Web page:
As a third year undergraduate, having a professional digital profile has certainly grown in importance recently. I have been applying for jobs over the last few months and having a professional digital profile is essential, if not, a requirement.
So the first thing I had to do back in August was find out the best way to create a professional profile. My father said LinkedIn was a great place to start. Craig Smith claims that a staggering 94% of recruiters use the website to vet candidates (Smith, 2016). This claim is consistent with the findings of the Social Recruiting Survey (Jobvite, 2014) where Facebook and Twitter profiles are also mentioned to be used to vet candidates with 66% and 52% of employers using these websites respectively. Even the University of Southampton encouraged the use of LinkedIn and say it can be great to “increase your visibility”, (Carruthers, 2012).
I was already aware of Facebook and Twitter and had been an avid user of them both for a number of years. One concern I had was the lack of professionalism both accounts had. Having pictures of me drinking alcohol, or comments in which I am controversial don’t cry out ‘Employ Me’. The prospect of becoming the new Justine Sacco did not seem to be a great way to begin my career (Ronson, 2015). But I did know that my profile picture wasn’t the most appropriate for an employer to see, although it would be authentic.
So I looked for ways to make my Facebook account private and stumbled across the following video.
Fittingly for this module, blogging can also be a great way of creating an authentic online professional profile, having a well-maintained blog demonstrates passion, shows creativity and makes you ‘different from everyone else’, (theemployable, 2014). Blogging was alien to me prior to undertaking this module but my experience thus far leads me to agree with theemployable, especially after being informed first-hand by Nic that a UOSM2033 student was given a job based on her photography work, which she used on her blog. However, I don’t see how I could demonstrate my talents as clearly in my line of study.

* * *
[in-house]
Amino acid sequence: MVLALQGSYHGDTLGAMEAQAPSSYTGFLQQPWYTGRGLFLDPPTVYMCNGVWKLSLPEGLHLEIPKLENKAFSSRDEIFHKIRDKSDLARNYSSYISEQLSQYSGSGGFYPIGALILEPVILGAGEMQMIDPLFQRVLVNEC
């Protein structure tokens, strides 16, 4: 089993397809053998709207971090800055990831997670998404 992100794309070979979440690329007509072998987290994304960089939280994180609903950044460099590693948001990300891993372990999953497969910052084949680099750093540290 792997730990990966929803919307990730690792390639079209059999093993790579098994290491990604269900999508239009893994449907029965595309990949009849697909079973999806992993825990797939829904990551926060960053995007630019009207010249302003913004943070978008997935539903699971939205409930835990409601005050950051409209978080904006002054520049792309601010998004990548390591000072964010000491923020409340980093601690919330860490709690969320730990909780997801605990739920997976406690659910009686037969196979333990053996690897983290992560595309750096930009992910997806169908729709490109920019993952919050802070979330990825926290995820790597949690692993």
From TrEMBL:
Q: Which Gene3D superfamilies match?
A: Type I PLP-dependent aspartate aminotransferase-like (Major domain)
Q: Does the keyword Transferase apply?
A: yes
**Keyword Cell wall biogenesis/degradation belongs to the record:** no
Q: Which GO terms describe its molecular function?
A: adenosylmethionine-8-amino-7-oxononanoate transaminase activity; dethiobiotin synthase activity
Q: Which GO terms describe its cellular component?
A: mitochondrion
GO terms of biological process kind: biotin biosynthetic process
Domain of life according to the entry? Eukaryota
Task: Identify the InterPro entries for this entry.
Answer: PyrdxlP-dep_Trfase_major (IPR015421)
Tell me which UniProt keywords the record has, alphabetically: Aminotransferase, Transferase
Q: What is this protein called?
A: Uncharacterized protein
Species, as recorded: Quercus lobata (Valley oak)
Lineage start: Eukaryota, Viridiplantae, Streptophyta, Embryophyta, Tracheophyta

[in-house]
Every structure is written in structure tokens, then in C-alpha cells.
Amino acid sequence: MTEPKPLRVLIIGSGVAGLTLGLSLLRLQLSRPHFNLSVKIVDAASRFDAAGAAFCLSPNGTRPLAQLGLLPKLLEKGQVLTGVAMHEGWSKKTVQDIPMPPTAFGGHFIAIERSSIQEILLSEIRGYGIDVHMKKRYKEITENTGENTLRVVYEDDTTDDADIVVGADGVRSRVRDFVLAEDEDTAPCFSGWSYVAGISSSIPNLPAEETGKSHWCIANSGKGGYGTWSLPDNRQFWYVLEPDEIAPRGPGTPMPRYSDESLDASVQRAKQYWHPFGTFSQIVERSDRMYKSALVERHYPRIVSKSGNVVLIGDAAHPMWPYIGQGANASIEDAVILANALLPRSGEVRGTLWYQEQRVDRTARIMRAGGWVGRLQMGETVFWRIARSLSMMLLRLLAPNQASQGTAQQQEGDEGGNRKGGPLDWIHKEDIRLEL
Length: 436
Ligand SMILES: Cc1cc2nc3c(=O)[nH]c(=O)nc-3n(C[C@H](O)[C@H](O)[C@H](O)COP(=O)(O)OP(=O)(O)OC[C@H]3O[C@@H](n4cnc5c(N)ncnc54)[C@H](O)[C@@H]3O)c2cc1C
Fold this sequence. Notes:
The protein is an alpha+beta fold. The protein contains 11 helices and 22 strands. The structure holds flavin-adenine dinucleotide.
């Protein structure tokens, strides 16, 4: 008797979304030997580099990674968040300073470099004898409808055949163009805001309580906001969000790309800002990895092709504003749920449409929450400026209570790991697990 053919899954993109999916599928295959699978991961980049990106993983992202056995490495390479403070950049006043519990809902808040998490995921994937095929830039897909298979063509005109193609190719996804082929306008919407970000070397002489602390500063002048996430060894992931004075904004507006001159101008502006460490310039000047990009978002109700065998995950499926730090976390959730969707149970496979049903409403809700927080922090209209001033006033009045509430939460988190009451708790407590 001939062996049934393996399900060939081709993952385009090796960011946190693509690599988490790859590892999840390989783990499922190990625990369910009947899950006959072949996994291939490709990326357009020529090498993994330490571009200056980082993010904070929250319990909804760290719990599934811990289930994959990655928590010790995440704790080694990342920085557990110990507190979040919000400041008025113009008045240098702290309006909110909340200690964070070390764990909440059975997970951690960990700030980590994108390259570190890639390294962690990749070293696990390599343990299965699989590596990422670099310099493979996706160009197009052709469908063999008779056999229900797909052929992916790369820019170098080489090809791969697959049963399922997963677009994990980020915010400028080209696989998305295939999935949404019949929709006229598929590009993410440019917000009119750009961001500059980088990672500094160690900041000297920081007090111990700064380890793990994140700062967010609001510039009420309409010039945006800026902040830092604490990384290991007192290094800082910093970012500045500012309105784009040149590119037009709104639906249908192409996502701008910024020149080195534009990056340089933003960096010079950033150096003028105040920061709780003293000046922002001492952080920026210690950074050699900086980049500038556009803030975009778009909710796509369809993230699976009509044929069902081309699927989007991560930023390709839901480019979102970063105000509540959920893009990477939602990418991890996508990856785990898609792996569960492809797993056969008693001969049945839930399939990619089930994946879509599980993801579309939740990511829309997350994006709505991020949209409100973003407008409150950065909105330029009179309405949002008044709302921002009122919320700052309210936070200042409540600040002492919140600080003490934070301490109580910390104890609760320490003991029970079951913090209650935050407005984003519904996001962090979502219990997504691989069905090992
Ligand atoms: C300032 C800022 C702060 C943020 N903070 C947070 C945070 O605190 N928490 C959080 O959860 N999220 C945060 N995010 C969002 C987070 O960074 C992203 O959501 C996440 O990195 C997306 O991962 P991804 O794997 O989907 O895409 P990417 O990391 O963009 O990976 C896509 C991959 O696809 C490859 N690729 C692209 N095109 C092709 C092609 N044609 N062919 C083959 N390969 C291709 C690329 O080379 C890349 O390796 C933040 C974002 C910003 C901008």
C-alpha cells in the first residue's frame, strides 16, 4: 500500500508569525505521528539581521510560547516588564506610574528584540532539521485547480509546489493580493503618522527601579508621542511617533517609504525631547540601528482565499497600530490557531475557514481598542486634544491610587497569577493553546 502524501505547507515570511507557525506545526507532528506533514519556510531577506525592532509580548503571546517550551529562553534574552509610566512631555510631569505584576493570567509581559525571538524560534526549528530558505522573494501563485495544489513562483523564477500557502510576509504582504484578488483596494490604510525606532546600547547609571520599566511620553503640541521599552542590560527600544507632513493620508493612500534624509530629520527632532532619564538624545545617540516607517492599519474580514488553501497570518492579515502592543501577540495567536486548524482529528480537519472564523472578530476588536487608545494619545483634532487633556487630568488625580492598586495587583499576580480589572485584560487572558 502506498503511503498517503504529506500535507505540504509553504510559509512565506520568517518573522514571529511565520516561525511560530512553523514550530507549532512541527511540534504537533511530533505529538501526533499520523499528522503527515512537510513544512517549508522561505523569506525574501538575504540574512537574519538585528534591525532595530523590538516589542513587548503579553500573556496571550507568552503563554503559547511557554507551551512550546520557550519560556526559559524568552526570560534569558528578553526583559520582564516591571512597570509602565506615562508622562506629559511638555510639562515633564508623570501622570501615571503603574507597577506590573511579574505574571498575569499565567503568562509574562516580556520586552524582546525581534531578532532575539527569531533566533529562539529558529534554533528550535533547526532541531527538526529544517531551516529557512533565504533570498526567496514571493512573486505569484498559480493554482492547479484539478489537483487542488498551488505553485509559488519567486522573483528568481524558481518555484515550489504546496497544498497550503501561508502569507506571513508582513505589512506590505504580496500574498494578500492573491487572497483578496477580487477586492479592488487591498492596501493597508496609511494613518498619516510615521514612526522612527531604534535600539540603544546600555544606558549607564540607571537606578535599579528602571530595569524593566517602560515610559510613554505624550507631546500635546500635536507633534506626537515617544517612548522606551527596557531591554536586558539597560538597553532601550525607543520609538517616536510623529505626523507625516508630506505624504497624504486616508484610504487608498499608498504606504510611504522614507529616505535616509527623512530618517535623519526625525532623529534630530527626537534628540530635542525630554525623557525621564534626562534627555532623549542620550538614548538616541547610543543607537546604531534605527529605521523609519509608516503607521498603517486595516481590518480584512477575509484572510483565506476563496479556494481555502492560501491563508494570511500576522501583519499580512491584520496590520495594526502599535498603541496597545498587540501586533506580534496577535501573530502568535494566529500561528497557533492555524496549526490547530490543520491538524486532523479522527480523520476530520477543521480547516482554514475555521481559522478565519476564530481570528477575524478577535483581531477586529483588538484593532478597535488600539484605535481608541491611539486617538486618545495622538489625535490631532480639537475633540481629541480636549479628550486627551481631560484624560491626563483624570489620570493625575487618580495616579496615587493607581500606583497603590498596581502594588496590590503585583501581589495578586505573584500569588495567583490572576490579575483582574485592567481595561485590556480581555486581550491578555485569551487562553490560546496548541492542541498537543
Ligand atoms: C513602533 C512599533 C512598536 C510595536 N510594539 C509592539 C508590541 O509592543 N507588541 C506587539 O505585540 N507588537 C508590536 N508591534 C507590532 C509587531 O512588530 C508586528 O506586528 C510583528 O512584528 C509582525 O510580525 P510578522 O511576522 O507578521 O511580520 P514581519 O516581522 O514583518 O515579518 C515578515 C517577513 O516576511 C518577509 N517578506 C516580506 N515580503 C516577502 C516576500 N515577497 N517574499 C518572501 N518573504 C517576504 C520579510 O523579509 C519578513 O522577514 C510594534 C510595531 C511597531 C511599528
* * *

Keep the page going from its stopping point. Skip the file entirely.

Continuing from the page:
From my research it seemed clear that LinkedIn was the best way to create an authentic professional online profile largely due to its great network of employers/employees, its main purpose is for professional use, most employers use it when vetting candidates and even the BBC acknowledge its benefits (Bowes, 2013).
Bowes, P. (2013) Job hunting: How to promote yourself online. Available at http://www.bbc.co.uk/news/business-25217962 [Accessed: 11/11/2016]
Carruthers, R. (2012) University of Southampton: Managing Your Digital Footprint. Available at http://coursecast.soton.ac.uk/Panopto/Pages/Viewer.aspx?id=2caea677-5fec-4c1a-9ad3-70320d724655 [Accessed: 11/11/2016]
Jobvite (2014) Social Recruiting Survey. Available at https://www.jobvite.com/wp-content/uploads/2014/10/Jobvite_SocialRecruiting_Survey2014.pdf [Accessed: 11/11/2016]
Ronson, J. (2015) New York Times: How One Stupid Tweet Blew Up Justine Sacco’s Life. Available at http://www.nytimes.com/2015/02/15/magazine/how-one-stupid-tweet-ruined-justine-saccos-life.html?_r=2 [Accessed: 11/11/2016]
Smith, C. (2016) LinkedIn Job Statistics. Available at http://expandedramblings.com/index.php/linkedin-job-statistics/ [Accessed: 12/11/2016]
theemployable.com (2014) TheEmployable: How blogging can help you get a job. Available at http://www.theemployable.com/index.php/2014/10/28/blogging-can-help-get-job/ [Accessed: 11/11/2016]
Video available at https://www.youtube.com/watch?v=0ZYV0HPLw20 [Accessed 01/08/2016]
Image 1 Available at https://www.betterteam.com/linkedin-job-posting [Accessed 12/11/2016]
Image 2 no longer available on facebook. 😉